As if versatile Tony and Emmy Award-winning actor John Lithgow wasn't enough of a draw, former Westport Public Library trustee David Rubenstein opened the Malloy Lecture in the Arts Thursday at Bedford Middle School by telling the audience that a notable local person appears in Lithgow's new book, "Drama, An Actor's Education."

"She's wearing clothes. Stay tuned for details," Rubenstein said. "She" is Annie Keefe, associate artistic director of the Westport Country Playhouse, who indeed is mentioned on page 237 of Lithgow's book. Keefe was the stage manager for a production of "The Changing Room" at Long Wharf Theatre in New Haven that opened on Nov. 7, 1972, in which Lithgow played a rugby player. He and some other actors appeared nude in the play, which he recounts in a chapter titled "Naked."

"If there was any opening night that could be said to have launched my career as a working actor, that was it," Lithgow says in the book. That's despite growing up in a theatrical family. His mother had been an actress. His father founded and managed local theaters and Shakespeare festivals throughout the Midwest.

The play went from New Haven to Broadway, where Lithgow won a Tony Award for his performance.

Lithgow told the audience of about 600 people at the Westport Library-sponsored event that he did not intend to become an actor. His interest was art, and he still paints as a hobby. He credits his participation in his father's productions, playing a range of Shakespearean characters, with his ability to play any role.

"I do believe that was the beginning of my career of changing colors like a chameleon. I just love working in comedy and tragedy and horror and romance," said Lithgow, who will appear in a new Broadway play, "The Columnist," next spring.

Lithgow said his decision to become an actor came when he got an enthusiastic reaction from the audience of a Gilbert and Sullivan performance in which he had stepped in last minute to replace another actor while he was studying at Harvard University.

"Introducing John is a particularly daunting challenge ... I wonder how does one summarize this rather dazzling life," Rubenstein said, mentioning some of Lithgow's long list of credits, awards and recognitions. Rubenstein said the small sample of clips of Lithgow's work shown at the event "is astonishing in its variety and range," and provides some explanation as to why the actor is so hard to define.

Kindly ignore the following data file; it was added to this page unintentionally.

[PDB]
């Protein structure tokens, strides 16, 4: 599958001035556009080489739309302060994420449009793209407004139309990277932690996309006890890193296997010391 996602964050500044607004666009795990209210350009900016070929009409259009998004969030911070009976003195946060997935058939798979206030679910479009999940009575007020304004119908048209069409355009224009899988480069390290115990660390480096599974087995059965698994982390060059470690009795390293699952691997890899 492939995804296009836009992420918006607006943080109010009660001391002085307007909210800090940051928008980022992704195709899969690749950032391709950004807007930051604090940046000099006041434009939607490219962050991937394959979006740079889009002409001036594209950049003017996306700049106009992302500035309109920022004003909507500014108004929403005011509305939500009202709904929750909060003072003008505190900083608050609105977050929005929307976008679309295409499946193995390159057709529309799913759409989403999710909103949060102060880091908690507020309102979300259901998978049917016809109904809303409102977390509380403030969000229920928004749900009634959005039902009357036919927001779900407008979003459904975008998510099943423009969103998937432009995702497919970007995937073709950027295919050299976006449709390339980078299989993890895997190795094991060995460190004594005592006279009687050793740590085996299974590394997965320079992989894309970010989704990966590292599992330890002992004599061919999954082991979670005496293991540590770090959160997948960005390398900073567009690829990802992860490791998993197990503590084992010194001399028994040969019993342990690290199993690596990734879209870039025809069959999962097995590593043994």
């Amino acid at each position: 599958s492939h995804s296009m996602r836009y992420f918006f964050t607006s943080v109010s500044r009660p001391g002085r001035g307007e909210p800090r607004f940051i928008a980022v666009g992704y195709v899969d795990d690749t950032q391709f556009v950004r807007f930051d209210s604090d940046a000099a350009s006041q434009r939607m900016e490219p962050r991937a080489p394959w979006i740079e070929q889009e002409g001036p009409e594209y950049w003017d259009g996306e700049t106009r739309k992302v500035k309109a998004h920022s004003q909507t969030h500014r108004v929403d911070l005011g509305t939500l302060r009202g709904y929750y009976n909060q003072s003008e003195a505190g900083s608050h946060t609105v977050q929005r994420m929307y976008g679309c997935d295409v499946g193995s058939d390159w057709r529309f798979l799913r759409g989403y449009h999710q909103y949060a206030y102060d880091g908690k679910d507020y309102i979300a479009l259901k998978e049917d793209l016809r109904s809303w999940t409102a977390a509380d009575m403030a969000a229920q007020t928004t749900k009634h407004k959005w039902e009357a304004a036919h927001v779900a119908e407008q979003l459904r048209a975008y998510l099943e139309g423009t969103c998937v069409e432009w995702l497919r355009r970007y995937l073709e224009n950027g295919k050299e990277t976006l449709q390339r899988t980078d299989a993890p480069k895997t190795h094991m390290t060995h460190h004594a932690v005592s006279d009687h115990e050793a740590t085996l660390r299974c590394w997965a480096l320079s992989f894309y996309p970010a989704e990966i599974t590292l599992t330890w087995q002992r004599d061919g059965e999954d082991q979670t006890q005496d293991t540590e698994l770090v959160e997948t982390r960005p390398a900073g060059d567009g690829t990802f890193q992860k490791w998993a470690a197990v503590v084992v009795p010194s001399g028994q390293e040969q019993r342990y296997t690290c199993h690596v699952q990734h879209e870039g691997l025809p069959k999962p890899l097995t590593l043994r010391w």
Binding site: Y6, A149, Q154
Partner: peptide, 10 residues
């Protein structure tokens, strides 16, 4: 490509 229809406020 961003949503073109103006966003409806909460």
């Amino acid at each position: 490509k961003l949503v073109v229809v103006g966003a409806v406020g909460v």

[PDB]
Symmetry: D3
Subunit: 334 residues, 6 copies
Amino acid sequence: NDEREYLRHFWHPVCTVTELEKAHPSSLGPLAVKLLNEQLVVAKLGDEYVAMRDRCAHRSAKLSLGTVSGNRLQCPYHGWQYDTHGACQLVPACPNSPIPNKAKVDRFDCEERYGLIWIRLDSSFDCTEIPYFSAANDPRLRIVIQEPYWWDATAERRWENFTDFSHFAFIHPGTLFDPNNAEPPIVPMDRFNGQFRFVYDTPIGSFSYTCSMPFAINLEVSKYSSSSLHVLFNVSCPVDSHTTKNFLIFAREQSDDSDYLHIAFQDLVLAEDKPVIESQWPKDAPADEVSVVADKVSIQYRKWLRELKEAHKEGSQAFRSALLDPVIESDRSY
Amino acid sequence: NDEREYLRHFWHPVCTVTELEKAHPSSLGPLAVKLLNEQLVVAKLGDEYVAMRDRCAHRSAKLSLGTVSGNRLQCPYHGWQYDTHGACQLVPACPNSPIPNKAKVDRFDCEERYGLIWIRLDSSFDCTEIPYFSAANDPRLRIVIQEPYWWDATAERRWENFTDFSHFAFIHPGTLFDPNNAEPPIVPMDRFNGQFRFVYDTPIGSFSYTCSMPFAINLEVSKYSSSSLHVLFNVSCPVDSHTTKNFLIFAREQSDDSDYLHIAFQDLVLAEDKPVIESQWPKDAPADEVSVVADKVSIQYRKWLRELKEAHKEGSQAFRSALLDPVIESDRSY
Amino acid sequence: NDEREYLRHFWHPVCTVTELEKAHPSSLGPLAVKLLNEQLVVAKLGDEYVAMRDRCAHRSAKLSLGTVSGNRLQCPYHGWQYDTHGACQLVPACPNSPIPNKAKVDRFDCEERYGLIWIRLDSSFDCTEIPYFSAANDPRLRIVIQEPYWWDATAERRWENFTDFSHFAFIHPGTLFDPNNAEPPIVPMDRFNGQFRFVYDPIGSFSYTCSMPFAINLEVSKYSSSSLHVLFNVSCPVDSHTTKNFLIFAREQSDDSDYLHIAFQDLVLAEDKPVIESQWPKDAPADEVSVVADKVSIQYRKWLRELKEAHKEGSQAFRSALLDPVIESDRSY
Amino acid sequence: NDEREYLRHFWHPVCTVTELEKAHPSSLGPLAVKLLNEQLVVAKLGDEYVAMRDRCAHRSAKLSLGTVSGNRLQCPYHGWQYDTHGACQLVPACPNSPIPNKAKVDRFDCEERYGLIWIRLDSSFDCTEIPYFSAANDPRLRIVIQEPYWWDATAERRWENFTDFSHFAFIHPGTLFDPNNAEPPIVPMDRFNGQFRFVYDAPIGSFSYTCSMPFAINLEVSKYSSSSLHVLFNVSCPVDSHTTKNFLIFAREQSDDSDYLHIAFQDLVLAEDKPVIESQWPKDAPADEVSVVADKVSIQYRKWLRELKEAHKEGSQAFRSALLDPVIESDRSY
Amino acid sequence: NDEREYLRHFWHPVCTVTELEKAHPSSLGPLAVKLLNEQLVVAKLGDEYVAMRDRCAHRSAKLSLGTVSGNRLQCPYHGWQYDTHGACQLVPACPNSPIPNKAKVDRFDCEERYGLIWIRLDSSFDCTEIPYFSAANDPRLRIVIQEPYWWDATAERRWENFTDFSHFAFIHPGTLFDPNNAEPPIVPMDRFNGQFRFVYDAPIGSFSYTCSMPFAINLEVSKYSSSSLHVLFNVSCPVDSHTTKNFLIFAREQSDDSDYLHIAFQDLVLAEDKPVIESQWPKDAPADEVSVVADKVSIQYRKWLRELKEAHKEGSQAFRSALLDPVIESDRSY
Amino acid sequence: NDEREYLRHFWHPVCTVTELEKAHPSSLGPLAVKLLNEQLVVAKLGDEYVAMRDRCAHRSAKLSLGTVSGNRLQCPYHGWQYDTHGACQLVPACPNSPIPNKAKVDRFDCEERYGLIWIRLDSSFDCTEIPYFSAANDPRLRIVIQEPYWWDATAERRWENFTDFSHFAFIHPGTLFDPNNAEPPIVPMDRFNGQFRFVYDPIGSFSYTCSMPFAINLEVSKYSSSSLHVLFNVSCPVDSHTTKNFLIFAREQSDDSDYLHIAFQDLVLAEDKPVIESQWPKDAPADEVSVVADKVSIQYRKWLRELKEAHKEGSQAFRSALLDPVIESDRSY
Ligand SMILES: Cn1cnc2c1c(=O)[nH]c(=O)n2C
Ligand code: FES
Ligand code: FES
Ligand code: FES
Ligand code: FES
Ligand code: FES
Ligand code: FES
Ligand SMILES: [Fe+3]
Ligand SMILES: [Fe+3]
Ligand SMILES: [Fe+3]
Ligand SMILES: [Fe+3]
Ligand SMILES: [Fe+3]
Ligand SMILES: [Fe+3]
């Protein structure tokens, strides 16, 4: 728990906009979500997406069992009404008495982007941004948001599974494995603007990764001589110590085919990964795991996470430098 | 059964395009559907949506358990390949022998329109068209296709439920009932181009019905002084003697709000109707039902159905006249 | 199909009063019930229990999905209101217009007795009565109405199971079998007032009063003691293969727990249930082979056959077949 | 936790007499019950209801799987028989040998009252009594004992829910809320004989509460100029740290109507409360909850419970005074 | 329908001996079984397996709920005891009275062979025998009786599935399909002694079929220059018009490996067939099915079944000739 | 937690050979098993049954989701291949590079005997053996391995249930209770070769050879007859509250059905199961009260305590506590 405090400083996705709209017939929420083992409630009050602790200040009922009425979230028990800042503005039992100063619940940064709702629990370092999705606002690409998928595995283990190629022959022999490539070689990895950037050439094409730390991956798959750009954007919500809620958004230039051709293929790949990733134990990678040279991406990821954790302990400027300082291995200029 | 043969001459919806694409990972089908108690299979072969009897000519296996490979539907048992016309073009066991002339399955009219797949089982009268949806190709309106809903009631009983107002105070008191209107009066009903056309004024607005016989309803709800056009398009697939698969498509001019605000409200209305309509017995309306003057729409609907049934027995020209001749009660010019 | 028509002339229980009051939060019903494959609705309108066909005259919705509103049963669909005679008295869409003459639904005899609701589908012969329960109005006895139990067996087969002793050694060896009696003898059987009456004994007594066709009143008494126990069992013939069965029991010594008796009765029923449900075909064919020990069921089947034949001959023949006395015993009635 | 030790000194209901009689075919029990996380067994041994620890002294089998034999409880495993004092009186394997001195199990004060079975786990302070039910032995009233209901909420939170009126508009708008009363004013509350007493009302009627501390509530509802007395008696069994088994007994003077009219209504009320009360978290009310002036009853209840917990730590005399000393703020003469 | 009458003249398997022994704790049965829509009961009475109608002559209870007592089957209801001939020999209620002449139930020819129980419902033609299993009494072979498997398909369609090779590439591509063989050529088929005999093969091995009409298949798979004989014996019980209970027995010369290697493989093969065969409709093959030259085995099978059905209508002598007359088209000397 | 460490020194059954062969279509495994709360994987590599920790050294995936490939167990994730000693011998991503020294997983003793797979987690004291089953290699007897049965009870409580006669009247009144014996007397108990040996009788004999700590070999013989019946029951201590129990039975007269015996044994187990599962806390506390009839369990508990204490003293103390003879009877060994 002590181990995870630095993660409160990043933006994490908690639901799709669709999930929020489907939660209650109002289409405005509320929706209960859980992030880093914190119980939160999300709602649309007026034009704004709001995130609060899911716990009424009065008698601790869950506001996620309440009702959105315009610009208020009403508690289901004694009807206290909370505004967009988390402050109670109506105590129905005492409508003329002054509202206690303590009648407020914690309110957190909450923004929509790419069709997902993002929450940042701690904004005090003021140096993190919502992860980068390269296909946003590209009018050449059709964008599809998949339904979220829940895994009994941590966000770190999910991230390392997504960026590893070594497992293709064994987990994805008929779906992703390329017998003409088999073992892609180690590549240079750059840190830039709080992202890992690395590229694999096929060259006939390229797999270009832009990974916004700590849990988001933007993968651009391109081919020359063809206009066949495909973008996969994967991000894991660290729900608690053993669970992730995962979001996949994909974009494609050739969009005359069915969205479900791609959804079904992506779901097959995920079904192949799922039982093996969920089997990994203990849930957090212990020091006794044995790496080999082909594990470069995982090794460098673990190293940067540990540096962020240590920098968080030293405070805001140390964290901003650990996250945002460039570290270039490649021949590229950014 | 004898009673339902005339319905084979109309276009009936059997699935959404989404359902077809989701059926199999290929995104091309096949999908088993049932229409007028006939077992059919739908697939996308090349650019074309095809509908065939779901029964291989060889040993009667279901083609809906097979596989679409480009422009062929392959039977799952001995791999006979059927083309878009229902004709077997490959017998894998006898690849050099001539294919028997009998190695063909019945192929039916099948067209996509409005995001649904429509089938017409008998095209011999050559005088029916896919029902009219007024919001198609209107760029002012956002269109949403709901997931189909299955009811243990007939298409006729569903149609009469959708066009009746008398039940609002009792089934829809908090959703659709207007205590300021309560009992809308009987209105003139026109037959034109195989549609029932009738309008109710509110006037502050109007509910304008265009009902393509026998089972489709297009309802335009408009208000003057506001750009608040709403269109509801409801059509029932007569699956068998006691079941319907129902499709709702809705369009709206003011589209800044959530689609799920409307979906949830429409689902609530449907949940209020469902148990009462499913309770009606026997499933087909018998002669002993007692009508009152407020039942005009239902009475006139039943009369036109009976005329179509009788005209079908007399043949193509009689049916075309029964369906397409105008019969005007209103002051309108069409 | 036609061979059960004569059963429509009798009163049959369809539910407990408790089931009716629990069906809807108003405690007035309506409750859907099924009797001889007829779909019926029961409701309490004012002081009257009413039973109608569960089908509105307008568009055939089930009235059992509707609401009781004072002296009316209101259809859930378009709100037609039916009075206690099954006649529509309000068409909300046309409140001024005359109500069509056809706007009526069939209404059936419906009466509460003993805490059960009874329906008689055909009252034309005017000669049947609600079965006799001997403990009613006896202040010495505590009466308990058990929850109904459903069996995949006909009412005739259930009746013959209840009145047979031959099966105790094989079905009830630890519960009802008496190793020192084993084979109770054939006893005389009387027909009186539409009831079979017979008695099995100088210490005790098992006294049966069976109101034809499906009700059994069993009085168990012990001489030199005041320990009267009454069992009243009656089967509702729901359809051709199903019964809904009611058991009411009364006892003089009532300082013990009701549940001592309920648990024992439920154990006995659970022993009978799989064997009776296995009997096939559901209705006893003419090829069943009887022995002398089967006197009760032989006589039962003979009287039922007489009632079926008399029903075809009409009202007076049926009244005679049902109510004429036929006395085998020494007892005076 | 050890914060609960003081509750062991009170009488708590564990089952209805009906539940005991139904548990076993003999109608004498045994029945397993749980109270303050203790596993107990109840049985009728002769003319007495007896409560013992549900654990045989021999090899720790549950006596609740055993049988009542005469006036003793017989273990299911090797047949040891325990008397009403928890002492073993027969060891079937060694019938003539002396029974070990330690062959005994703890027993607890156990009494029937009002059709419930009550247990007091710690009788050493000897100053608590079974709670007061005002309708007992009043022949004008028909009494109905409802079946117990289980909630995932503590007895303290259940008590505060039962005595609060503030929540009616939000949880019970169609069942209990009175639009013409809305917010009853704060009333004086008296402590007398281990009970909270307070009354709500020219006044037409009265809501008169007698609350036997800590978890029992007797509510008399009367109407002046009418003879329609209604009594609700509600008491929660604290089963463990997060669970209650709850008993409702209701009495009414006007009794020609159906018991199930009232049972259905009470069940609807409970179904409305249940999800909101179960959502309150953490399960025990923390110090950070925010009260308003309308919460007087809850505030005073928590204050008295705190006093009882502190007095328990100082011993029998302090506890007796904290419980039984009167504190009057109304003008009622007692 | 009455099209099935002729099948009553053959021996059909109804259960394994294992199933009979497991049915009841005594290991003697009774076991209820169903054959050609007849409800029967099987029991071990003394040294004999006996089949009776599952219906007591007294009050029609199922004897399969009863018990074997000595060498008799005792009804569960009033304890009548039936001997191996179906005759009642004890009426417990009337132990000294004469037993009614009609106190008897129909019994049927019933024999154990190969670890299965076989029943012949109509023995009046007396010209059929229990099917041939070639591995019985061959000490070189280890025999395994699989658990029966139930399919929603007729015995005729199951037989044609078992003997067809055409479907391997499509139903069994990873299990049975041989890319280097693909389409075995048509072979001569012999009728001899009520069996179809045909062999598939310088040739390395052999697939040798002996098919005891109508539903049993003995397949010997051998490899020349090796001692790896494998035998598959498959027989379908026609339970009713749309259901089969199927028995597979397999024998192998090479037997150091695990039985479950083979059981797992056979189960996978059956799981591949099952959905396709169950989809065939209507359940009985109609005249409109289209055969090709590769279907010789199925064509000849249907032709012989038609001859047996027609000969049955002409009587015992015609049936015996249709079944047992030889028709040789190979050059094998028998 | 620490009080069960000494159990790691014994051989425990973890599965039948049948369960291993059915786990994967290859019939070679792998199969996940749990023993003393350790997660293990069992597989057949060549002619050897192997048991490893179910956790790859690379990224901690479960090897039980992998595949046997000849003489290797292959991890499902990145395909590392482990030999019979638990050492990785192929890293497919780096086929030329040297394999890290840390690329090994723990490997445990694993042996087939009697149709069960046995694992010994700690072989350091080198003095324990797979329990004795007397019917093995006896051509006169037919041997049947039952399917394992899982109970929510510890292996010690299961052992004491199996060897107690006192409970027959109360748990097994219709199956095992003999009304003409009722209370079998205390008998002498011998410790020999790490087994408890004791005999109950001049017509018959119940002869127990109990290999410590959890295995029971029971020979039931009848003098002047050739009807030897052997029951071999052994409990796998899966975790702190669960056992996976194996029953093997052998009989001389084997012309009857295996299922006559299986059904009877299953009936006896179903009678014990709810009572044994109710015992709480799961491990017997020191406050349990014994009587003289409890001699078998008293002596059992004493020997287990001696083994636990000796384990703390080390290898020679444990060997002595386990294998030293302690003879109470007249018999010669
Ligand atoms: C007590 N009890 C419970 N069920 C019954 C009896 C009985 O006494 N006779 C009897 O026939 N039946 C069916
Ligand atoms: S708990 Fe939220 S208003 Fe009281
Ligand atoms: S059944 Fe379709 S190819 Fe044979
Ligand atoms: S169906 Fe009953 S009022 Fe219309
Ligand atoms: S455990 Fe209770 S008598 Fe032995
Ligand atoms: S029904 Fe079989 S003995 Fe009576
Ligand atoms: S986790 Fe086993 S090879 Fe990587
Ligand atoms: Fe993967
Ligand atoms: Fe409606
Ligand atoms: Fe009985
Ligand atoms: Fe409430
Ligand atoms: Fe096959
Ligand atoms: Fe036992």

Lithgow has appeared in numerous films, Broadway plays and musicals, and television series in roles ranging from an alien in "3rd Rock from the Sun" to the diabolical Trinity Killer on Showtime's "Dexter."

"He's ambidextrous in terms of acting. His range is so broad," said Ed Brennan of Westport, moments after his wife Jane Ross shared a personal moment with Lithgow after the presentation, when the actor autographed books.

Ross and Lithgow were classmates at Harvard. "One of my funniest memories was playing touch football in Regents Park, and John was the captain of the team," she said. Lithgow was as outgoing then as now, Ross said, and recalled that he danced around to distract the other team to "make sure it was uproariously funny and make sure everyone had a tremendously good time."

Thursday's audience had a good time listening to Lithgow's anecdotes and reading from his book.

Particularly amusing was his reading of an excerpt from the chapter titled, "Curtains," about his experience as the curtain puller for Marcel Marceau in which Lithgow accidentally upstaged the famous French mime with a curtain mishap.

There were touching moments, too. He opened the presentation with a story about his father's declining health and the "deep, dark depression" that resulted. Lithgow made it his responsibility to entertain his parents, particularly his father, who did not respond until Lithgow began reading them bedtime stories.

At one story by P.G. Wodehouse, "my father started to laugh. The more I read the harder he laughed ... The most wonderful sound," he said. "I'm convinced that it was sometime during the reading of that story that he came back to life."

Lithgow also shared stories about his work with some of his favorite directors, including Brian DePalma, George Roy Hill and Bob Fosse.

Someone else tried to get him to reveal who he admires most among those in today's entertainment field. He said it would be easier to say who he least admires, but, "Of course, I'm not going to answer that."

Asked by one person in the audience about his spirituality, Lithgow said he was not raised in a particular faith. "Religion for us was Shakespeare and the theater," he said.

Another asked when he knew he had made it as a professional performer. "I'm still waiting," he joked before saying, "I'm an extremely lucky actor. I've had so many `aha' moments."

Keefe asked him to perform at the Westport Country Playhouse in a production of Shakespeare's "The Tempest." Although he didn't commit, Lithgow admitted he's "growing into Prospero."

Neil Hershkowitz of Norwalk was first in line to get his book signed afterward. "I've been following his career for many years, since the `Changing Room.' I actually saw the play on Broadway. He's a very talented actor and he seems very approachable," Hershkowitz said.

Yvonne Senturia had a book signed for her son, Jacob Henkoff, a student in the Actor's Studio in New York. When she texted Jacob to tell him about Thursday's presentation, he texted back: "Tell him I loved him as the Trinity Killer in `Dexter.' "

"Not only is he an amazing storyteller, but his voice delivery is just beautiful. He's everything I thought he would be in person: personable, lively and down-to-earth," said Christina Frost of Westport, who said her family is involved in the theater.